Junk-Mail Relief — Bad for Business

Photograph by Victor J. Blue/Bloomberg

A U.S. Postal Service (USPS) employee pushes a cart full of mail from a postal delivery truck in New York on Nov. 15, 2012.

This isn’t the kind of help the U.S. Postal Service had in mind when it asked Congress to pass a bill affecting it before adjourning for the year.

The House, which hasn’t acted on a broad postal reform bill proposed almost a year ago, today ended a requirement that financial institutions send customers a privacy notice each year — via U.S. Mail — unless they have changed privacy policies.

“Not only will this legislation end the redundant mailings, but it also will make it more likely that people will pay closer attention to important mailings they receive from their financial institutions because they are receiving fewer,” the bill’s sponsor, Rep. Blaine Luetkemeyer, a Missouri Republican, said.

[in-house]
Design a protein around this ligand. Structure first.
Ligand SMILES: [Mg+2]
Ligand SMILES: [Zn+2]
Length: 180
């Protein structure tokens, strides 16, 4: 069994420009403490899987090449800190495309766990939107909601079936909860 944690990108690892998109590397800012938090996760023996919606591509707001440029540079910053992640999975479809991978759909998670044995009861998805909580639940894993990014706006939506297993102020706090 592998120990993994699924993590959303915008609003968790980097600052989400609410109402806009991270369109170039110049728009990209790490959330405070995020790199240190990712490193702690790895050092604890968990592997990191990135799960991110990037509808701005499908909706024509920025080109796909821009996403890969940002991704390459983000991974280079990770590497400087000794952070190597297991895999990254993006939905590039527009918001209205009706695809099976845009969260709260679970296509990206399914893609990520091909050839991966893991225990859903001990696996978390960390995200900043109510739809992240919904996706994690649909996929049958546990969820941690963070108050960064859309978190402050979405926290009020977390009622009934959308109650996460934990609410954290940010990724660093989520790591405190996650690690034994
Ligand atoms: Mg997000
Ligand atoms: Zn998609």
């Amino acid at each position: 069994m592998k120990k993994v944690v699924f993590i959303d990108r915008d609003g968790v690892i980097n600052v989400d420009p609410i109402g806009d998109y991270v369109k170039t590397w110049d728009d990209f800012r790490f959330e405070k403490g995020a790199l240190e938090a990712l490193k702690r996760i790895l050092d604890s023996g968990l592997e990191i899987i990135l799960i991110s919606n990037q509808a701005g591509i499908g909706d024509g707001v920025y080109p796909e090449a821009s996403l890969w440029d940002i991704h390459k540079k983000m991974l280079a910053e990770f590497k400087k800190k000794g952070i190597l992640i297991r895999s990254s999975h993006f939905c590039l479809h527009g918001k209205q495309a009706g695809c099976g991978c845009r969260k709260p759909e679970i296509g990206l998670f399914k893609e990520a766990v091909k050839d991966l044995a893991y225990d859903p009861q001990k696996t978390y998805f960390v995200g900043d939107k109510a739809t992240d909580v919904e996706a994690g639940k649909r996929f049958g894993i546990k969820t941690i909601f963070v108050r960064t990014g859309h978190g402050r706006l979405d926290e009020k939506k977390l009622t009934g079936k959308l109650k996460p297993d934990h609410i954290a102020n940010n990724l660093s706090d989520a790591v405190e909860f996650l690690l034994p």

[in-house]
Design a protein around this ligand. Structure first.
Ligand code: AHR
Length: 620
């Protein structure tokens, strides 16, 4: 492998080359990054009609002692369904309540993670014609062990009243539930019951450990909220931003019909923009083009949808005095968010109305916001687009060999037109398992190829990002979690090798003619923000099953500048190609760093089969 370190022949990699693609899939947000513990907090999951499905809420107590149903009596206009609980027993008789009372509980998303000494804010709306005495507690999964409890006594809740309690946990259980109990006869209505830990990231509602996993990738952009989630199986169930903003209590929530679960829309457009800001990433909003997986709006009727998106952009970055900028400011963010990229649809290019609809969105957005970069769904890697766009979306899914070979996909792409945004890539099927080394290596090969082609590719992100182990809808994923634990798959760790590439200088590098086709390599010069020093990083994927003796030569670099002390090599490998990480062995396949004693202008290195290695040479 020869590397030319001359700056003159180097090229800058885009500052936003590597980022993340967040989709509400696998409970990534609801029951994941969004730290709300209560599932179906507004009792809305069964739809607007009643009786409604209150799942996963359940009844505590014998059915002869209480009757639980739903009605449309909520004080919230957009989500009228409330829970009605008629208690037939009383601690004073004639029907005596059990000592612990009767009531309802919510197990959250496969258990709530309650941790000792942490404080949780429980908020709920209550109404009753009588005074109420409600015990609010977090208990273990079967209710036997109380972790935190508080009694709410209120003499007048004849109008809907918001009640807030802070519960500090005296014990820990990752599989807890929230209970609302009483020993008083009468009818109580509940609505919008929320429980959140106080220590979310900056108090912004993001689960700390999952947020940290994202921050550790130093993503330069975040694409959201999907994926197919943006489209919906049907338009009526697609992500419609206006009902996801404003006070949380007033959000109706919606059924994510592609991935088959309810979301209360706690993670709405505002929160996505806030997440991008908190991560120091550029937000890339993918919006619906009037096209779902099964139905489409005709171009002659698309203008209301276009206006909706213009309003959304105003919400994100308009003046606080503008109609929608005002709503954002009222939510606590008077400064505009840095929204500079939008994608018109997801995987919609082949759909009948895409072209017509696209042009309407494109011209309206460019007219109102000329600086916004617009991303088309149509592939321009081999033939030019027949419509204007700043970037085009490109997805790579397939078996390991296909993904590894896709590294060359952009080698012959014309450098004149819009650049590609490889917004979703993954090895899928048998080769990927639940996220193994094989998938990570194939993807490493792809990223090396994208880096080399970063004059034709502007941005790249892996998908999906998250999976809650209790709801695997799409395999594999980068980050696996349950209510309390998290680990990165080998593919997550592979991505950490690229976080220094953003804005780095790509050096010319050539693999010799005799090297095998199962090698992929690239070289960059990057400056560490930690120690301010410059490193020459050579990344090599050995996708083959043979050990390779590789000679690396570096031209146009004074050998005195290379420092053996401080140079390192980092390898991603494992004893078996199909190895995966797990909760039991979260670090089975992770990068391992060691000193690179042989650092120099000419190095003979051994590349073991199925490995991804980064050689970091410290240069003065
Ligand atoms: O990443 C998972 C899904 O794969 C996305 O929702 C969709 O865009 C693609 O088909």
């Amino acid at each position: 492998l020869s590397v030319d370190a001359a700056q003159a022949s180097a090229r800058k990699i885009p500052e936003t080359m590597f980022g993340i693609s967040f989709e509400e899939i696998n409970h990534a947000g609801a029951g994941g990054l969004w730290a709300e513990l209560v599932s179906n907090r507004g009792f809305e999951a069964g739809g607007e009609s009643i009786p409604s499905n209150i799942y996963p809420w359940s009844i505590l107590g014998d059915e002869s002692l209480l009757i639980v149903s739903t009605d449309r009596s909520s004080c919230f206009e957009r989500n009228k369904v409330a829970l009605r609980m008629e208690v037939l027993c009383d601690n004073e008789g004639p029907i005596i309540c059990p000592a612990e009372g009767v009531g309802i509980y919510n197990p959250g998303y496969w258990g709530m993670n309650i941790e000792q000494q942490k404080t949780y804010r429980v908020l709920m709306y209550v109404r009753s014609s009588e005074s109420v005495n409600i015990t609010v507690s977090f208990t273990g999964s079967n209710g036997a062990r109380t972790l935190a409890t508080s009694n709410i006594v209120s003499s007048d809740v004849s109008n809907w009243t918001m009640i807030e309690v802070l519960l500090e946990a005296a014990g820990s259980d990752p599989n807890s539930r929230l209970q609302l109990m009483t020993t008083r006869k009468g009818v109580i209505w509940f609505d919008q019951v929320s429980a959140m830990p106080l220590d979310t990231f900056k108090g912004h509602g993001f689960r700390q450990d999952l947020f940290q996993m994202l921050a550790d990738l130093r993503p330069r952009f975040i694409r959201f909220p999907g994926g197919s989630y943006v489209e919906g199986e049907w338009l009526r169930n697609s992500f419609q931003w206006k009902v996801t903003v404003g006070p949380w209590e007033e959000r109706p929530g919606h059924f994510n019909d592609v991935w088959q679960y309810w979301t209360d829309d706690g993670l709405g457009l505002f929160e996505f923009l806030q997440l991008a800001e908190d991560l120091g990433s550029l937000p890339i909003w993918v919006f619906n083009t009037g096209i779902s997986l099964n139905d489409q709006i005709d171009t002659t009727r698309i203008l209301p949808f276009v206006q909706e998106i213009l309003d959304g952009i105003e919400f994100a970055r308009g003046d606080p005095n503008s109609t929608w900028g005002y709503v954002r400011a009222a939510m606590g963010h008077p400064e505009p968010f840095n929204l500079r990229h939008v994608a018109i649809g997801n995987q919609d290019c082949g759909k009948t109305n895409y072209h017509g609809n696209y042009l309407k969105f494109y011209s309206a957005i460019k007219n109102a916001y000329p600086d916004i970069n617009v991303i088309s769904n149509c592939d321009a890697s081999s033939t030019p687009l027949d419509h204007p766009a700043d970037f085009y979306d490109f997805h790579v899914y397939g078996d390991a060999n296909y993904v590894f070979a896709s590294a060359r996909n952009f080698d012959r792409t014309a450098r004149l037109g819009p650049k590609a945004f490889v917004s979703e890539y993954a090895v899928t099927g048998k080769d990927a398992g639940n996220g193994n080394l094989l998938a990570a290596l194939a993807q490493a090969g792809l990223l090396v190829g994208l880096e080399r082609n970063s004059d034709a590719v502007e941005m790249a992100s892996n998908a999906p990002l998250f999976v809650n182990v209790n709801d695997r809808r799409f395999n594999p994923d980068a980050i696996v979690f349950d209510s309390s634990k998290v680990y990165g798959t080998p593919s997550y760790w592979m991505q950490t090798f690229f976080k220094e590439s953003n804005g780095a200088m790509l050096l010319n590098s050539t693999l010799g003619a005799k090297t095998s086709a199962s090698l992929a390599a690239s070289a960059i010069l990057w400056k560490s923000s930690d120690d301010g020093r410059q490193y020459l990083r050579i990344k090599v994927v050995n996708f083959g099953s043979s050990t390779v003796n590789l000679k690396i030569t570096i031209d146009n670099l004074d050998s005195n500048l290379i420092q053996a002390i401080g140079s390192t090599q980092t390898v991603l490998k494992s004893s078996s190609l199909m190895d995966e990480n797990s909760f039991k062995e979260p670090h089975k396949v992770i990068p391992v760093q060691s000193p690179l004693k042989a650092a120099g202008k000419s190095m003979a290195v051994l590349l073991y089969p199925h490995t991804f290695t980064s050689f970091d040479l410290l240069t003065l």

One postman’s redundant mailings are another’s lifeline, if you happen to work for the Postal Service.

First-class mail is the service’s most profitable kind and also the type that’s been hit hardest by the movement toward e-mail and e-billing by, among others, banks. Still, banks belong to advocacy groups trying to save the Postal Service from the precipice of insolvency.

Luetkemeyer, in a statement last year, called on the service to “adapt to meet the challenges of the future” while also chiding them not to cut service to his rural Missouri constituents.

 

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